“A lot of people have found [the campaign] by ear, but for a lot of people it’s because they know someone who does it. A lot of them are parents, people who work in schools,” Zinn said.
One donor contributed because of self-harm in her own family.
“My daughter had her own self-injuring behavior for many, many years, but much better now. We spent way over $60,000 out of pocket, so I wish I could give more,” the donor wrote on Indiegogo’s page.
Despite her targeted marketing efforts, hours before the campaign ended last week, Zinn had only secured about $6,200 from almost 200 donors. If she didn’t reach her goal by midnight on March 1, she’d have to pay a 9 percent fee to the platform on the funds she did raise.
A final push
On March 1, Zinn uploaded a video plea on her campaign page, asking contributors to reach out to their own personal networks to help her reach her goal. She asked them to make short videos — one or two minutes long — about why they donated, or why others should donate, and then to promote the videos on Facebook, Twitter, or other social media platforms.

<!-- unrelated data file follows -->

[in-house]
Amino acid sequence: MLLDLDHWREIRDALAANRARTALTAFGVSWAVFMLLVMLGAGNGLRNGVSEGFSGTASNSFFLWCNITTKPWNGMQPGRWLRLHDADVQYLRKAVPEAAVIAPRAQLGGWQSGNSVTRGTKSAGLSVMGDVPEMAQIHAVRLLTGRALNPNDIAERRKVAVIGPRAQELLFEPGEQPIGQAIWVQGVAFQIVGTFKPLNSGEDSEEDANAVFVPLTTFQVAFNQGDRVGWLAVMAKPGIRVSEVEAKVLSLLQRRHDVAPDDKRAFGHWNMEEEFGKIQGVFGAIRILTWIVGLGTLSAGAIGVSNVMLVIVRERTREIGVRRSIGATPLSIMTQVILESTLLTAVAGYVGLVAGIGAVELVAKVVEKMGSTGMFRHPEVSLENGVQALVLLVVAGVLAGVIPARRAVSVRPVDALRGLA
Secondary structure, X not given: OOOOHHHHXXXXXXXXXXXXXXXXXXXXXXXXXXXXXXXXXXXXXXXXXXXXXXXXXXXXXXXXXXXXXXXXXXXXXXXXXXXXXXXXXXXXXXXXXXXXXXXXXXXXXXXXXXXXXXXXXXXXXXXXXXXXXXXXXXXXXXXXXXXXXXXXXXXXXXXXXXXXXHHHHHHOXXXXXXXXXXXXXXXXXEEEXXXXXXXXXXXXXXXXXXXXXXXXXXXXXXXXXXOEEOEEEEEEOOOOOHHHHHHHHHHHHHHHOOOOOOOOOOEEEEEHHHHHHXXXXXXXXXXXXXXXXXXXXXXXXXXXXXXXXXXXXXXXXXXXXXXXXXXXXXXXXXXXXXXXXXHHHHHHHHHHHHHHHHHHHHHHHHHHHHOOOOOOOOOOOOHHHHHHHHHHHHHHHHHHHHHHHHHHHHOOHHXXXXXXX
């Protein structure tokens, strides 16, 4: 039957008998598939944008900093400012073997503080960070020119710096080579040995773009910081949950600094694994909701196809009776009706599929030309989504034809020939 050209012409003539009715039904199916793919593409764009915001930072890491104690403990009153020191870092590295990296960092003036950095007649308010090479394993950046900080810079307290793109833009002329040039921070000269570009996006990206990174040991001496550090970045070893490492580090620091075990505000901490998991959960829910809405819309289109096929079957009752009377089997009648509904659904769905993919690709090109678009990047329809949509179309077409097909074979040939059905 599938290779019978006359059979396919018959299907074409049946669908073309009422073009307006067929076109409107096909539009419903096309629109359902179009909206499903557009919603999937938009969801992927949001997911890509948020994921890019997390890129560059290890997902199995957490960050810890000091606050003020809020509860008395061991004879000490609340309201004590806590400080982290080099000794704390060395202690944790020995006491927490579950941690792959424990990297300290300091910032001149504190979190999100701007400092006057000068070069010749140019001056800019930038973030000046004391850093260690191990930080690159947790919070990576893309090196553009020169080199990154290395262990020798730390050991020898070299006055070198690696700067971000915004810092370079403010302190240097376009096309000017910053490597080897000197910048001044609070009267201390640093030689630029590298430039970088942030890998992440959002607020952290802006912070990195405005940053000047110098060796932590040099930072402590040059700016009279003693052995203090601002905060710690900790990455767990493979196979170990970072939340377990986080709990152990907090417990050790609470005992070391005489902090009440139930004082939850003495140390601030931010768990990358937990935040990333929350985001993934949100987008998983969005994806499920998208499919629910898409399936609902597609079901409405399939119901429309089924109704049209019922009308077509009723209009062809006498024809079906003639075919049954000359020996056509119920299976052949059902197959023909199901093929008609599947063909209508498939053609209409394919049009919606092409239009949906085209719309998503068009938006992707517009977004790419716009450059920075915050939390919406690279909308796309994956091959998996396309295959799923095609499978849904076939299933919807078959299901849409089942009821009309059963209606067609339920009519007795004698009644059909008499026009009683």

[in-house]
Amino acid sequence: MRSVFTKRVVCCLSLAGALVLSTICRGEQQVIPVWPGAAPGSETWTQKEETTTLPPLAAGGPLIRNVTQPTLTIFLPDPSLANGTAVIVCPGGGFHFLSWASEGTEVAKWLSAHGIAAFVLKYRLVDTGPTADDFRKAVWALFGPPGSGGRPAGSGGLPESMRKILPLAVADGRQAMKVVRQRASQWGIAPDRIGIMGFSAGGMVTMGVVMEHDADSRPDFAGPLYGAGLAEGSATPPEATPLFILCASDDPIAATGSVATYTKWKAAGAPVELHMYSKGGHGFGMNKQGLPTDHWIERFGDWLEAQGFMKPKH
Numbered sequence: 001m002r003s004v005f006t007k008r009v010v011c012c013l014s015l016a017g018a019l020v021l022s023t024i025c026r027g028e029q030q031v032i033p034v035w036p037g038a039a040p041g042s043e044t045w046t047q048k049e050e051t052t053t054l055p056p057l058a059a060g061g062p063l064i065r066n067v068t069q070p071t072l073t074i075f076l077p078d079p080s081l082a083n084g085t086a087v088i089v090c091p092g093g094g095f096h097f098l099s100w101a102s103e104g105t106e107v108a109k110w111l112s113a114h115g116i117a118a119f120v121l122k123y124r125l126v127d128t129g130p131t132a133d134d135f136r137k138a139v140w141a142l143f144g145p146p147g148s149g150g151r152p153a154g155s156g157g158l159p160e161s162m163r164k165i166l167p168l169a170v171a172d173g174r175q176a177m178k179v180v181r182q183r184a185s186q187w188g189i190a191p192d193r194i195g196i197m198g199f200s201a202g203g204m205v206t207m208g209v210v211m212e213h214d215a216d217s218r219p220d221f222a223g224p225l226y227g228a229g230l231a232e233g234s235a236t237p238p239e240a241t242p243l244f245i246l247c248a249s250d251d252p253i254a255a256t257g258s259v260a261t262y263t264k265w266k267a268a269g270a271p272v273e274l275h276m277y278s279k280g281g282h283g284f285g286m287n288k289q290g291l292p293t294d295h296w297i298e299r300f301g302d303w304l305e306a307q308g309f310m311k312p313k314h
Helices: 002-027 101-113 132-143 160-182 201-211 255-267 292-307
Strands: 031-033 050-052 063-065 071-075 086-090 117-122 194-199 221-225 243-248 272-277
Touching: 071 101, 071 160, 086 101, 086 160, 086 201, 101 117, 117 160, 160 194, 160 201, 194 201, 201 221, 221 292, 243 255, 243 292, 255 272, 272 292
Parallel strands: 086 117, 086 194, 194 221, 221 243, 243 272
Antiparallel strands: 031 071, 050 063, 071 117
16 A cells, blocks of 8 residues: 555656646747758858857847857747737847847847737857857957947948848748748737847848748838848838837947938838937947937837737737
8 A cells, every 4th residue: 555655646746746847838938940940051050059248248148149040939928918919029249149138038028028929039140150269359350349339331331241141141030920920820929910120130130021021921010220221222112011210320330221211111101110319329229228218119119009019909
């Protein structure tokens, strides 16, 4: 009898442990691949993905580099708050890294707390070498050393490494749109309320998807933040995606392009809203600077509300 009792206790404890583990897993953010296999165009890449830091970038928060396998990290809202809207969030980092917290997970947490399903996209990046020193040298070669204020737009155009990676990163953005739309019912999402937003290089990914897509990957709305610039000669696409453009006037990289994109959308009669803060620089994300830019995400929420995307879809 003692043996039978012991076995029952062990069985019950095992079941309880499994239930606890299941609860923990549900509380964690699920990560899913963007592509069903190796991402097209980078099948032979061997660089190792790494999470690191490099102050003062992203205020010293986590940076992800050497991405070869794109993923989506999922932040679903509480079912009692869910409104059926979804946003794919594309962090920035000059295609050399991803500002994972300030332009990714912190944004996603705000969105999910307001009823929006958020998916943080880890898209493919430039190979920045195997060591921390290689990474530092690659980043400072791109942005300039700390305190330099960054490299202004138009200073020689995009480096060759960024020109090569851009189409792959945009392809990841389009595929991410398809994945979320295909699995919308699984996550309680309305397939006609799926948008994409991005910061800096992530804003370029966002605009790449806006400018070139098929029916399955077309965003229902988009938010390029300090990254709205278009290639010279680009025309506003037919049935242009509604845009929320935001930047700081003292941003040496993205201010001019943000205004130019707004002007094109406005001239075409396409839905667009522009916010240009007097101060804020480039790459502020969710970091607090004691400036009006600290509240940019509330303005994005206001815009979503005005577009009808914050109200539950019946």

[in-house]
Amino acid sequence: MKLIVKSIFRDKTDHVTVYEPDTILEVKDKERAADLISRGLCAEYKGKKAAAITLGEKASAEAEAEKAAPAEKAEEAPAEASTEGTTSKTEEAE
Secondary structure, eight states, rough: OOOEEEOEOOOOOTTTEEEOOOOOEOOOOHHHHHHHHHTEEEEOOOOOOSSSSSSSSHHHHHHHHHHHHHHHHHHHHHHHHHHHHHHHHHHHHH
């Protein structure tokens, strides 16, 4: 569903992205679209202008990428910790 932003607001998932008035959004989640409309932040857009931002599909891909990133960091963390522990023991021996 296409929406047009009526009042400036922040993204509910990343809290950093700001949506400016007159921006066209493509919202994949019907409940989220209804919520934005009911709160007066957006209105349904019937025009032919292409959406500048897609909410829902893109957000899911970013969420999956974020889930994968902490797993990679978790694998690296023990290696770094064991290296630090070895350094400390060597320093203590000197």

Only a few people made videos, Zinn said, but within a few hours of her plea — and about three and a half hours before the campaign ended — “Self Inflicted” reached $7,000 in donations. A few hours after that, it had reached $7,240, from a total of 208 donors.
Though she said she wasn’t sure if she’d use Indiegogo again, she said it helped her connect with other artists looking to collaborate.
“I’ve never shared this much of a project with someone. Normally it’s pretty private, just me and the subjects. It's been cool to see how many people are willing to contribute their time, artwork and music. People are truly volunteering their work for free,” she said.
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